Three methods for success with your own tomato seeds
Text & photo: Lars Lund
Tomato seeds are expensive, and should you manage to harvest them from a tomato, you will quickly get a lot of plants from a single tomato seed. But can you sow the seeds from a store-bought tomato? And how do you get the seeds to sprout?
If you prefer to buy your seeds, what kind should you look for? Are F1 seeds better than those that are not F1 seeds? And what are F1 seeds? All these questions will be answered in the video below (please accept cookies to watch the video).
Note that the video is in Danish, but it is possible to choose English subtitles in settings.
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Here are 6 tips for succes with tomatoes:
Early season tomatoes:
Cultivate early sorts that ripen in time.
See the time of harvesting on the back of the packaging.
A place with light, but not too warm:
Let the seeds germinate at 22-25 degrees Celsius. When they are germinating, place them somewhere that is approx. 18 degrees. The warmer it is, the more light they will need. Try to give them as much light as possible. You can also use artificial light in the morning and evening.
Water from the bottom:
When it starts to germinate, make sure that the roots are deep in the soil. You can do this by watering in the plant saucer instead of watering the soil. This is especially important when cultivating in beds. From the start the plant will learn that it has to get water further down in the ground. The further down the roots are, the fewer times you need to irrigate.
Plant the tomatoes deep in the soil especially those who have gotten tall and thin in your windowsill. Preferably so the stem is 10-15 cm down in the ground and covered with soil. The small hairs on the stem will grow new roots, which will grow from the stem below the ground. The stronger a root system, the healthier the plant.
Do not transplant too early:
Tomato plants can be transplanted in the start of May or later in the middle of May. Do not listen to those bragging about having early tomatoes in the greenhouse. The thing is, that they probably had to heat the greenhouse (which is expensive), and there is a chance that they will get problems later on with diseases due to transplanting the plants too soon.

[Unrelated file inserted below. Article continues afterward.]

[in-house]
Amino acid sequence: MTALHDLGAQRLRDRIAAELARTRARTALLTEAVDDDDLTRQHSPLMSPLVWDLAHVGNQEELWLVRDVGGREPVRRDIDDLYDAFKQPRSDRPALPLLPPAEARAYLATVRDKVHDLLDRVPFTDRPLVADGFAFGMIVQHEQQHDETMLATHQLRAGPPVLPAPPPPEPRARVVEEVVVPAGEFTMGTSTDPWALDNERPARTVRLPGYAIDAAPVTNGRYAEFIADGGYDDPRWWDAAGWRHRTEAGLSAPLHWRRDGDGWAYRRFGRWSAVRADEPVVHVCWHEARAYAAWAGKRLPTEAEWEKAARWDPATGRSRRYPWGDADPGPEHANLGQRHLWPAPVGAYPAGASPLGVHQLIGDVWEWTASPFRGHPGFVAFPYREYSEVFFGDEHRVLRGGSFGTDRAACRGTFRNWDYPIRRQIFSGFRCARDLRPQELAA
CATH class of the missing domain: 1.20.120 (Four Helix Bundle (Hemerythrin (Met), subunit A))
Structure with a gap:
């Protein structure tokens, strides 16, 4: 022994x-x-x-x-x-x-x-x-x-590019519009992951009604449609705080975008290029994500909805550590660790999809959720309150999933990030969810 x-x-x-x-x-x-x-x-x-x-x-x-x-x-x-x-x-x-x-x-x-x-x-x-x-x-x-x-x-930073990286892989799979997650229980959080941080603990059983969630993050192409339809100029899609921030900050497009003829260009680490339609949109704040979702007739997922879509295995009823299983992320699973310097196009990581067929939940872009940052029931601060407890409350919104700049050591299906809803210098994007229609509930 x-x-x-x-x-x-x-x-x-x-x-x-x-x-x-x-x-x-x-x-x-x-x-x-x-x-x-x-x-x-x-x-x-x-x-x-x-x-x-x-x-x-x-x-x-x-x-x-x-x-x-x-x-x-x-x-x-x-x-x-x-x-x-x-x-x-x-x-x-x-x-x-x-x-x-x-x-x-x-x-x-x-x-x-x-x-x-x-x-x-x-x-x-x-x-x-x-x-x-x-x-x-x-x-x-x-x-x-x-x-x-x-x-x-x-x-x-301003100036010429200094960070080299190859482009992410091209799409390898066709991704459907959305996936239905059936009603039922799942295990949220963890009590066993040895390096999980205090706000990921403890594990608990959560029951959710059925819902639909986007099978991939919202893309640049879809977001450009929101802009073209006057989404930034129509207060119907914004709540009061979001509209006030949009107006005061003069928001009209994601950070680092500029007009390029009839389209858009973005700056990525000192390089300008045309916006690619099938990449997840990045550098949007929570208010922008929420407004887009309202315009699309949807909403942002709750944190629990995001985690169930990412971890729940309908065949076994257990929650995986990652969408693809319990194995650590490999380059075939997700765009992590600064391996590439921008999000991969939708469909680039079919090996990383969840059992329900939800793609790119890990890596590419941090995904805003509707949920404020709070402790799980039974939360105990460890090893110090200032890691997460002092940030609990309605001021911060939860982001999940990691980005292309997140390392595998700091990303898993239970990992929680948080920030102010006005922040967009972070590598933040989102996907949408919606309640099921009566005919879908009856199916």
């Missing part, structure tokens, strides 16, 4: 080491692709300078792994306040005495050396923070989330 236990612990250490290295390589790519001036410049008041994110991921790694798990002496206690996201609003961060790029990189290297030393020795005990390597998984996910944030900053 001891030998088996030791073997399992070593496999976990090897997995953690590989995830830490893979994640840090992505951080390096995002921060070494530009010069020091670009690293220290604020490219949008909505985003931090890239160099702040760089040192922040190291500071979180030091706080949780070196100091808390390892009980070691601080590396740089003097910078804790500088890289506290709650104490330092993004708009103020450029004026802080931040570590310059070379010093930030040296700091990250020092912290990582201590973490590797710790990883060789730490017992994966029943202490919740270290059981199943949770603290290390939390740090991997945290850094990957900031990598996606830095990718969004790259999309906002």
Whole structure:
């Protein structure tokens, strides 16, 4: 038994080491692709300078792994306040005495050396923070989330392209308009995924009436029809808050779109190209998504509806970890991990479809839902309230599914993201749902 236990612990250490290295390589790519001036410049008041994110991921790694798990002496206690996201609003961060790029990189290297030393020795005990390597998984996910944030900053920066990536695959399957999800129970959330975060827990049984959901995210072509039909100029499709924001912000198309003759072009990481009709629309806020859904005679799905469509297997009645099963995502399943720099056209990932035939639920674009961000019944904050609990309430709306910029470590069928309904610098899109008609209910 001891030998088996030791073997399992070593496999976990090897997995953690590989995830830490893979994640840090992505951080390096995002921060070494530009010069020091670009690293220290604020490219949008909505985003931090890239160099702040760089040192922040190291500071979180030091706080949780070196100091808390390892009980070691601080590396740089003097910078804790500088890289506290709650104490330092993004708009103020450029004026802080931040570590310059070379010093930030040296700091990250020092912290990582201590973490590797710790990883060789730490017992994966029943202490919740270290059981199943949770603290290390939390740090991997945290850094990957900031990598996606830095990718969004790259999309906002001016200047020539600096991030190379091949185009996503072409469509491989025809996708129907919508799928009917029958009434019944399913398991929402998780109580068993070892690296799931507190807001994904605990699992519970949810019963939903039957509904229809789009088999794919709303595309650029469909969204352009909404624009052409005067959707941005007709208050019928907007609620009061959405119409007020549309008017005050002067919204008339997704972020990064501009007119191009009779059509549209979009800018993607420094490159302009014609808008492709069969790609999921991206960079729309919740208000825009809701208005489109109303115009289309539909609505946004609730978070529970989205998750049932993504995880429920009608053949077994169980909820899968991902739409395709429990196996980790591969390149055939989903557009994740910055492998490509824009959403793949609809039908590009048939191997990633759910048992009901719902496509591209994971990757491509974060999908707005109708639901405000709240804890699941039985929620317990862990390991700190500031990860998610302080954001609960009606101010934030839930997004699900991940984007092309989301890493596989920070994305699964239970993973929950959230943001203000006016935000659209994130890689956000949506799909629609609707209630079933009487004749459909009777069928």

If you no longer have space for your tomatoes indoor and you want to have them outdoor, they must be hardened first. You can do this by placing the plants outdoor during the day and take them indoor before it is night and it gets cold. When it is time to transplant the plants, the temperature in the greenhouse should preferably be 12 degrees during the day and at least 7 degrees at night. If the plant is not hardened, it can only tolerate temperatures down to 12 degrees at night. If the plant is transplanted too early without getting any extra heat, its root system will not develop properly. Therefore, if you transplant too soon, the plant will have a poor root system. The plant can survive like that for a while, but when it is time to grow and bear fruit, the buds may fall off and the plant can get diseases. So be patient when it comes to transplanting. If you buy the seedlings at a nursery or the supermarket, let them take care of the plants until they are ready.
When the tomato plant grows and it is time to nip off the side shoots, place the side shoots in some potting soil. Now you will get new and free plants!
If you do not know what seeds to get, you can get advice from your local nursery or garden centre. You can also find a wide selection of seeds online – including traditional and more rare tomato seeds.
Om Lars Lund
Danish horticulturist and journalist
Lars Lund has for many years engaged in the garden and greenhouse. Lars has published many books about greenhouses, and he has participated in many Danish horticultural TV shows. He is a walking garden encyclopaedia, and he has answers for most basic cultivation questions – also the more ambitious ones.
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